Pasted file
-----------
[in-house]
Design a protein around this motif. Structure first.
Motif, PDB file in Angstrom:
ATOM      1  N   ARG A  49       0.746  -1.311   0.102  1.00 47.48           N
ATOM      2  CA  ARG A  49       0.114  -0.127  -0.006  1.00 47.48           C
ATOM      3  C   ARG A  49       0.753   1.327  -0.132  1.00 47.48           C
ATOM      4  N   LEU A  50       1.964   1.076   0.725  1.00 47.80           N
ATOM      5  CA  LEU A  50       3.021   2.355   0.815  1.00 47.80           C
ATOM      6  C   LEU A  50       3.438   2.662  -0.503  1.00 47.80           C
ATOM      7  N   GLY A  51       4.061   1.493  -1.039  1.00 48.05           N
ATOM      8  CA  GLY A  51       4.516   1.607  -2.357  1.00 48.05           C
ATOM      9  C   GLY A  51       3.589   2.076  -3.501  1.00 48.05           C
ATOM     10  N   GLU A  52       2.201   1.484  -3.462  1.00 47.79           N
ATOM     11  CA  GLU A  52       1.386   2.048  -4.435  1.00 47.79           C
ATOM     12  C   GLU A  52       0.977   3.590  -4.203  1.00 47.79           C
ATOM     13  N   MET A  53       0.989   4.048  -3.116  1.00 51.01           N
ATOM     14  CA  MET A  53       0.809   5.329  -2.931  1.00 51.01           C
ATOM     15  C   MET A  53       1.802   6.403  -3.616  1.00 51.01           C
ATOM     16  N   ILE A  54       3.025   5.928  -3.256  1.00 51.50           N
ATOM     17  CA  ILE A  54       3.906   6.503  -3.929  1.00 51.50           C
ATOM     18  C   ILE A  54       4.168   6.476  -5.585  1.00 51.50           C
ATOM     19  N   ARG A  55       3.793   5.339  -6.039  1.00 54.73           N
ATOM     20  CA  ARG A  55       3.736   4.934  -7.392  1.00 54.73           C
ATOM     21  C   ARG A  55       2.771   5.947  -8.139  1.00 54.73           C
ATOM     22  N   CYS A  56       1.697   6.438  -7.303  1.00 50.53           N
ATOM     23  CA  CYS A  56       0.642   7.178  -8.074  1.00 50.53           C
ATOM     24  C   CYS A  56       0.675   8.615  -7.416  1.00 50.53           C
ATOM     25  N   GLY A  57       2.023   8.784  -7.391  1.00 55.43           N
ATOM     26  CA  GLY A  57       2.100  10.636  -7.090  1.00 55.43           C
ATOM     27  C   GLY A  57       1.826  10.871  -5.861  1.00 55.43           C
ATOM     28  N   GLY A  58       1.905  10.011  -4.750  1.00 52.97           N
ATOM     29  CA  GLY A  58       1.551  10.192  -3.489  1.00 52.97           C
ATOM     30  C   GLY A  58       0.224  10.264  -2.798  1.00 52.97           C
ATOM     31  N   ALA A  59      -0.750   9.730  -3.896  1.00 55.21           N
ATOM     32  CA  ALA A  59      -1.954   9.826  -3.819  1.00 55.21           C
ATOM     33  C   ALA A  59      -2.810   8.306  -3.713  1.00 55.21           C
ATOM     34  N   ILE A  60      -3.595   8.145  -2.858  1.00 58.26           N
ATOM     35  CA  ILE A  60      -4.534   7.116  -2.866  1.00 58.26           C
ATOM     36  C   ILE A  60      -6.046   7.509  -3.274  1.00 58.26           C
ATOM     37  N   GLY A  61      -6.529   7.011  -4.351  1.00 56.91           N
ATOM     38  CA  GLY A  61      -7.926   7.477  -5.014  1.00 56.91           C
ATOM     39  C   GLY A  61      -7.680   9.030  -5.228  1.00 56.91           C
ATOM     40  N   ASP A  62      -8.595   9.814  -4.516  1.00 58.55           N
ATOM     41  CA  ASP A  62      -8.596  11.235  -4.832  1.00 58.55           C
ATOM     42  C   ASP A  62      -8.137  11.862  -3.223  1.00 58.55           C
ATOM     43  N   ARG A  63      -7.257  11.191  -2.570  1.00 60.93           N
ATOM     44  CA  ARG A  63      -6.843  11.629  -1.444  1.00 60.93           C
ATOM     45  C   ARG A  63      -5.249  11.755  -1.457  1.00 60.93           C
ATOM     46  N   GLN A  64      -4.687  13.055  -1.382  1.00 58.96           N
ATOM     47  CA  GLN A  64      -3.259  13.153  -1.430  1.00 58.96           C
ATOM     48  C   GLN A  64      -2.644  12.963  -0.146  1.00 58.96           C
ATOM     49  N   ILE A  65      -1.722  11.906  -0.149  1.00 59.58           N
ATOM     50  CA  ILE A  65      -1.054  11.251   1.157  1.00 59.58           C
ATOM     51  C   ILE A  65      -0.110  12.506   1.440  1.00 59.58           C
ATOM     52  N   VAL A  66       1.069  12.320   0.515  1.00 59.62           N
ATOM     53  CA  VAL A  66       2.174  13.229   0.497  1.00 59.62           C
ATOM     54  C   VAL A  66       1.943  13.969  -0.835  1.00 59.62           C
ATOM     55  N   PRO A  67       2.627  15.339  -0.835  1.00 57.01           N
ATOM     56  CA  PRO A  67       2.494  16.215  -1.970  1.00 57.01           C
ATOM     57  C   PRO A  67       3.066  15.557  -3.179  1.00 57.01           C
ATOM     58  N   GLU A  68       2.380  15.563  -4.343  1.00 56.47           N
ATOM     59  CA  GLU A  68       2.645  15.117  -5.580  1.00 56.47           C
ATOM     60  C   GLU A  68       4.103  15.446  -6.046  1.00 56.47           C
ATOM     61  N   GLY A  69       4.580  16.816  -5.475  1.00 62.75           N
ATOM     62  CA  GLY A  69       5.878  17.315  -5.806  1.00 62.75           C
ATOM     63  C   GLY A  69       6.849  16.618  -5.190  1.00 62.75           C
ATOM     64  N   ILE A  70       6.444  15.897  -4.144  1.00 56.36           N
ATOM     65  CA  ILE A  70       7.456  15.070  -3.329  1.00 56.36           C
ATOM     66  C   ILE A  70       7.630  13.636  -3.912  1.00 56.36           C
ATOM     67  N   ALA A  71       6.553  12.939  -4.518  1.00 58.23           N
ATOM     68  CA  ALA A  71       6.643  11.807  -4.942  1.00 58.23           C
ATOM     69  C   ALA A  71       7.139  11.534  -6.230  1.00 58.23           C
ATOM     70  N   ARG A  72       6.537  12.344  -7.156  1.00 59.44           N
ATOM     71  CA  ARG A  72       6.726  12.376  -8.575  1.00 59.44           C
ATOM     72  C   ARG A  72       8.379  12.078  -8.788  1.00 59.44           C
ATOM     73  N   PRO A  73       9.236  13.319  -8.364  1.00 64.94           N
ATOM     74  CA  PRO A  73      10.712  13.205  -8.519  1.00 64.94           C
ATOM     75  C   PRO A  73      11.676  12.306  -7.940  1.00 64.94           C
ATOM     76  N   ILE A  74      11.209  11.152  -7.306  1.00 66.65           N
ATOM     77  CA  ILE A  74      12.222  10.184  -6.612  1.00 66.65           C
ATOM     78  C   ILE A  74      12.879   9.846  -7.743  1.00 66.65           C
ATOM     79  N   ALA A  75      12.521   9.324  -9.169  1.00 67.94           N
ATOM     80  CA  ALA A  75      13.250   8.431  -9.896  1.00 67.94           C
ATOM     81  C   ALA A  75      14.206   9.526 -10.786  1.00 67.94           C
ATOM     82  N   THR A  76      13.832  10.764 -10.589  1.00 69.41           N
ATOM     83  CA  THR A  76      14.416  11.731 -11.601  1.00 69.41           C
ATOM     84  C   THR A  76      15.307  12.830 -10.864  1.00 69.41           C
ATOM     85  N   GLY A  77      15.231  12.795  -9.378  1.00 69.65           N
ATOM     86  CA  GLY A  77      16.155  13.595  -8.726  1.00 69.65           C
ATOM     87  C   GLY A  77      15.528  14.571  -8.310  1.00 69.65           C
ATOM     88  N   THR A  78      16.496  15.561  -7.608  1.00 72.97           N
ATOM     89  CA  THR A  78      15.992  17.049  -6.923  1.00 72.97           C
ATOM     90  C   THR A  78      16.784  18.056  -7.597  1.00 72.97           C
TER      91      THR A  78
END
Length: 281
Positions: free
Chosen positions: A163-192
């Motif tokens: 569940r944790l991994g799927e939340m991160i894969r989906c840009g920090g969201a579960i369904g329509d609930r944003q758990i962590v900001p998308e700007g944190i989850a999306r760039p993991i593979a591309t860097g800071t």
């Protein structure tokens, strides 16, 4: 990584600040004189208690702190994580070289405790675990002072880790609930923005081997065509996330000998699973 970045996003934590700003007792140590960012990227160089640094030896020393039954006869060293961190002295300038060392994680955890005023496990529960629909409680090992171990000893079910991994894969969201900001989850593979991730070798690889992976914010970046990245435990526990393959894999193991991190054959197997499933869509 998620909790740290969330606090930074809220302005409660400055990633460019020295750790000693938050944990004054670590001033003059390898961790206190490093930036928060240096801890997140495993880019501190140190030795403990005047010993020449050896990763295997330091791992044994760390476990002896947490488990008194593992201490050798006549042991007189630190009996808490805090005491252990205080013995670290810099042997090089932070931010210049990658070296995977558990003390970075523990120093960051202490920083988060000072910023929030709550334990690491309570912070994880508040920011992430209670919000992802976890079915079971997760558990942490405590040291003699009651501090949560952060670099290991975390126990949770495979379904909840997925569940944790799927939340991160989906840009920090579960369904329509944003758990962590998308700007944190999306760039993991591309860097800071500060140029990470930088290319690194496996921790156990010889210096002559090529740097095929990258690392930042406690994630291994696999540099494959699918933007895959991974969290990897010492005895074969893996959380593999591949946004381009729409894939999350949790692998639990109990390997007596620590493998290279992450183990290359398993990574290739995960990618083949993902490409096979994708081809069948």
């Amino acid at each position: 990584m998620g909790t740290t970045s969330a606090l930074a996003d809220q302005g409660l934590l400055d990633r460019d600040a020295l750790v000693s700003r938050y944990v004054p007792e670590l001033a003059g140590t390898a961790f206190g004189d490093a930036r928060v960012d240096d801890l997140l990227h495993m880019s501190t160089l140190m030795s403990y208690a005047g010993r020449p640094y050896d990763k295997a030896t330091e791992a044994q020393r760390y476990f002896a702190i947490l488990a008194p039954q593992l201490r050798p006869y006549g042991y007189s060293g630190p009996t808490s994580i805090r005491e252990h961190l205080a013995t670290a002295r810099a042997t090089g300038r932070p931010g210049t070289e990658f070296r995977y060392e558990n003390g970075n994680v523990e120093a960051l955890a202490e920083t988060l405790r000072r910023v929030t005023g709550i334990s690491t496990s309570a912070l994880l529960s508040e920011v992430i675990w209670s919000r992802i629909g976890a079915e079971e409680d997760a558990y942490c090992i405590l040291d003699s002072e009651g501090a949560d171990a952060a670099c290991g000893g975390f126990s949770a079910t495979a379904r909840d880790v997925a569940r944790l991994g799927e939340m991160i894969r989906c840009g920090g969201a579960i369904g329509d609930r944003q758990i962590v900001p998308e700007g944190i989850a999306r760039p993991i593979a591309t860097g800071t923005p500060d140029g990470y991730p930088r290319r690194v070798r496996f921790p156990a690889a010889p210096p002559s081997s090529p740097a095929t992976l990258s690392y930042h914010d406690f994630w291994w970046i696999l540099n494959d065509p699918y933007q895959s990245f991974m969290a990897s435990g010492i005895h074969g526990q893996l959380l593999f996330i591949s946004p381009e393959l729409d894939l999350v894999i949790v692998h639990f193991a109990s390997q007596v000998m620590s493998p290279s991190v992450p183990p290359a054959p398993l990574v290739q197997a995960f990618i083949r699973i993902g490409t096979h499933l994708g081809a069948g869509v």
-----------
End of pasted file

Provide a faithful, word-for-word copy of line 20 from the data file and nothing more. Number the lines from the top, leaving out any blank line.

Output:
ATOM     17  CA  ILE A  54       3.906   6.503  -3.929  1.00 51.50           C